The Digital Markets Act (DMA) will apply in the EU from May 2023. The overall goal of the new regulation is to ensure dominant tech companies behave fairly online and to monitor practices that might restrict the growth of new and alternate platforms.
What is the DMA?
The DMA sets out rules to address concerns relating to major online service providers. It introduces regulations in response to the perceived inability of competition laws to tackle specific types of behavior of big digital companies – the so-called ‘gatekeepers’ between smaller EU businesses and consumers.
Instead of replacing existing regulations, the DMA works in parallel with EU and national competition laws.
Who are the gatekeepers?
Gatekeepers are large online platforms that act as major gateways between businesses and consumers. Because of their size and their offerings, these providers of core platform services often have the power to create their own rules, which may lead to reduced innovation among smaller players and higher prices for consumers.
The EU recognized these gatekeepers are too important to be left unregulated.
Google, Amazon, Facebook, Apple and Microsoft are some of the platforms that fall into the gatekeeper category.
Other companies may fall into the gatekeeper category if they offer online intermediation services such as app stores, online search engines, social networking services, certain messaging services, video sharing platform services, virtual assistants, web browsers, cloud computing services, operating systems, online marketplaces and advertising services.
Additionally, to qualify as a gatekeeper a company will:
- Have a strong economic position, a significant impact on the internal market and be active in multiple EU countries
- Link a large consumer base to a large number of businesses
- Have a stable, long-standing position in the market.
What are the benefits of the DMA?
The goal of the DMA is to create a level playing field for businesses operating within the EU to grow and compete globally. To date, this has not always been the case.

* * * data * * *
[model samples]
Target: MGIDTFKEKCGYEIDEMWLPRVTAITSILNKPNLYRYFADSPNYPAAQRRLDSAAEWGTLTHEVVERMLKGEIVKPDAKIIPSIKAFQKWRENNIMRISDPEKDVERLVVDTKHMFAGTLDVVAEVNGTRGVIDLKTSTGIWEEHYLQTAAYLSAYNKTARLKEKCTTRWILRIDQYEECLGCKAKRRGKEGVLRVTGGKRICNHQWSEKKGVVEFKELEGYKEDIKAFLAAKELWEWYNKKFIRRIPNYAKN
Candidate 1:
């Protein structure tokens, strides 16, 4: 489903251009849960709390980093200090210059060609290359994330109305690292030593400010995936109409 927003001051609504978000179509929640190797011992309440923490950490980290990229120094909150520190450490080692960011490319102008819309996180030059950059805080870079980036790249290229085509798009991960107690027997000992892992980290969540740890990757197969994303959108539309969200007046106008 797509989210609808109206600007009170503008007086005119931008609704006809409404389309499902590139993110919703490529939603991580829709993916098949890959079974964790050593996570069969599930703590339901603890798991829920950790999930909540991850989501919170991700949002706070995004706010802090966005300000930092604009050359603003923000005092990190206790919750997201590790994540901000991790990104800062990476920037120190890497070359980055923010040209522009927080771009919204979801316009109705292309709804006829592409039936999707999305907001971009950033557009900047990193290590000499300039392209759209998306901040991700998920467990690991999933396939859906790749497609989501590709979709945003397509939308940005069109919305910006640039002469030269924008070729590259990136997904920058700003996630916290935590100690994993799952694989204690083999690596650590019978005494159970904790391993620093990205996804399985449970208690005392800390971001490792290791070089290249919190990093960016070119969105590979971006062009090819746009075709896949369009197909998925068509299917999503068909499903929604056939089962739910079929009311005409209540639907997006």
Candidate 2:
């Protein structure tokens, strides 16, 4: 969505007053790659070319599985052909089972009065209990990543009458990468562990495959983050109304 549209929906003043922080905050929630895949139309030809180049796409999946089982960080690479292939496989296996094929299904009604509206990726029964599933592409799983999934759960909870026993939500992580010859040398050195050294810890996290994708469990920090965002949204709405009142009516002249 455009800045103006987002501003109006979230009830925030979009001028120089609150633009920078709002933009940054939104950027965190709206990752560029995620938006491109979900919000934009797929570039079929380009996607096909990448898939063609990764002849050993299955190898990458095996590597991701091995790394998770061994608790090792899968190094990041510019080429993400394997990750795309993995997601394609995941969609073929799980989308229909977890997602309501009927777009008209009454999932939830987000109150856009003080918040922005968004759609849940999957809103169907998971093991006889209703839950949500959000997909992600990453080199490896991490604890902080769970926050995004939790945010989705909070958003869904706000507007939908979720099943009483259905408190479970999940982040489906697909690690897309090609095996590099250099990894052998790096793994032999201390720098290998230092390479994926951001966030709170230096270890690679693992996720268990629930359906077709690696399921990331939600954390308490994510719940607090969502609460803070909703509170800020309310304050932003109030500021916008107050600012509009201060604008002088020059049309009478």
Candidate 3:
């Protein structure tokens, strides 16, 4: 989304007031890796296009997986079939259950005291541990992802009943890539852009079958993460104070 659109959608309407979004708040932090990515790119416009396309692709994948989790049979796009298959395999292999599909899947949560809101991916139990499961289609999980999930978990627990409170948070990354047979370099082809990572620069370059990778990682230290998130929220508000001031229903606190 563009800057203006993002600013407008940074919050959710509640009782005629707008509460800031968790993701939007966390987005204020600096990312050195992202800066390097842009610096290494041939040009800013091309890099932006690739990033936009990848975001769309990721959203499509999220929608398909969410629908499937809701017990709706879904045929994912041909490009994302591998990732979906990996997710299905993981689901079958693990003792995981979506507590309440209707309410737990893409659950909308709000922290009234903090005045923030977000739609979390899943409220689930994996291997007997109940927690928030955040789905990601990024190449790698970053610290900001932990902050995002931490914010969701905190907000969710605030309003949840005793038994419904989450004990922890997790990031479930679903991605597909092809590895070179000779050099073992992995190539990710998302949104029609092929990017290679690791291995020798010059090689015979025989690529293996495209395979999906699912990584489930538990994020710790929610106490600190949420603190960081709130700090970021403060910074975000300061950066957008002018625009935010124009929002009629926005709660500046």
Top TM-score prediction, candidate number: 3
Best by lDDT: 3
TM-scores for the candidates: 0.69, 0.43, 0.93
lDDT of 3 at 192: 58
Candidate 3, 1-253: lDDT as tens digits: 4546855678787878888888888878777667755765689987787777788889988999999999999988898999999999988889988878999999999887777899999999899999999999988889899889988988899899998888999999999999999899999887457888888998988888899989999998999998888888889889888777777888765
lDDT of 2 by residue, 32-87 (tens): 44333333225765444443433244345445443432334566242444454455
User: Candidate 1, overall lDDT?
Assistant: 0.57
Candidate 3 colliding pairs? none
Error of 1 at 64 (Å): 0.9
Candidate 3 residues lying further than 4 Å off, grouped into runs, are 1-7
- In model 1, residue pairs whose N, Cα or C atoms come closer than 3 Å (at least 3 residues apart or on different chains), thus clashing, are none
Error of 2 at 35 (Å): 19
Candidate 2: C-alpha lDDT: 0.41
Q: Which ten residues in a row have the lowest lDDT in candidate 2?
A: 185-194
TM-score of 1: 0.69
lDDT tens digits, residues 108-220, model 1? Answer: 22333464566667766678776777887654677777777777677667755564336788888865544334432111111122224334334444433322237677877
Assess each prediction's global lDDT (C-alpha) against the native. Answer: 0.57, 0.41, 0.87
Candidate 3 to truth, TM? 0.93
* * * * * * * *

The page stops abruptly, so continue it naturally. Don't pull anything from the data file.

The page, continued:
For example, when a gatekeeper engages in practices such as favoring their own services or preventing business users of their services from reaching consumers, it can prevent competition.
This can lead to less innovation, lower quality and higher prices.
If a gatekeeper imposes unfair access conditions on using their app store, for example, or prevents installation of apps from other sources, consumers are likely to pay more or are effectively deprived of the benefits alternative services might have delivered.
Under the DMA, gatekeepers will still be able to innovate and offer new services. They will simply not be allowed to use unfair practices towards the businesses and customers that depend on them, to gain an undue advantage.
This will mean:
- Businesses that rely on gatekeepers in order to offer their services will be able to operate in a fairer business environment
- Tech start-ups will have enhanced opportunities to innovate and compete online
- There will be a greater number of better services for consumers to choose from
- There will be increased opportunities to switch providers and gain services at fairer prices.
How will the DMA impact gatekeepers?
The DMA sets out a list of dos and don’ts. Gatekeepers must comply with these in their daily operations.
The DMA requires gatekeepers to:
- Allow communication between businesses and consumers
- Ensure price and fee transparency in ad intermediation services
- Allow consumers to easily change default settings and/or uninstall any software apps on an operating system (OS), unless it would compromise the OS
- Allow the installation and use of third-party apps or app stores, unless it would compromise the OS
- Provide businesses with real-time access to their data generated on the platform
- Provide other online search engines with fair, reasonable and non-discriminatory access to ranking, query, click and view data generated by consumers on their online search engines.
The DMA prohibits gatekeepers from:
- Processing consumers’ personal data collected from third-party services for the purpose of providing online advertising services, without prior consent
- Reusing personal data collected during a service for the purposes of another service, without prior consent
- Preventing businesses from offering their products and services under different prices and conditions on their own sales sites, as well as on third-party platforms
- Requiring users to use certain platform services
- Using businesses’ non-public data to compete against them
- Ranking gatekeeper products or services higher than those of other businesses.
Gatekeepers that fail to comply with these obligations and prohibitions may be faced with fines of up to 20% of their global worldwide revenue, with the enforcing Data & Marketing Commission also holding the right to block acquisitions by repeat infringers.
What is the timeline for the Digital Markets Act?
The DMA will apply from May 2, 2023. Providers of core platform services that meet gatekeeper criteria and are operating in the EU then have two months (until July 2, 2023) to submit a notification to the Data & Marketing Commission.
Following this, the commission may designate a company as a gatekeeper. Alternatively, a market investigation may be required if the evidence submitted shows a company does not meet DMA gatekeeper criteria.
Digital Markets Act obligations and prohibitions will apply within six months of the gatekeeper designation, expected to be from March 2024.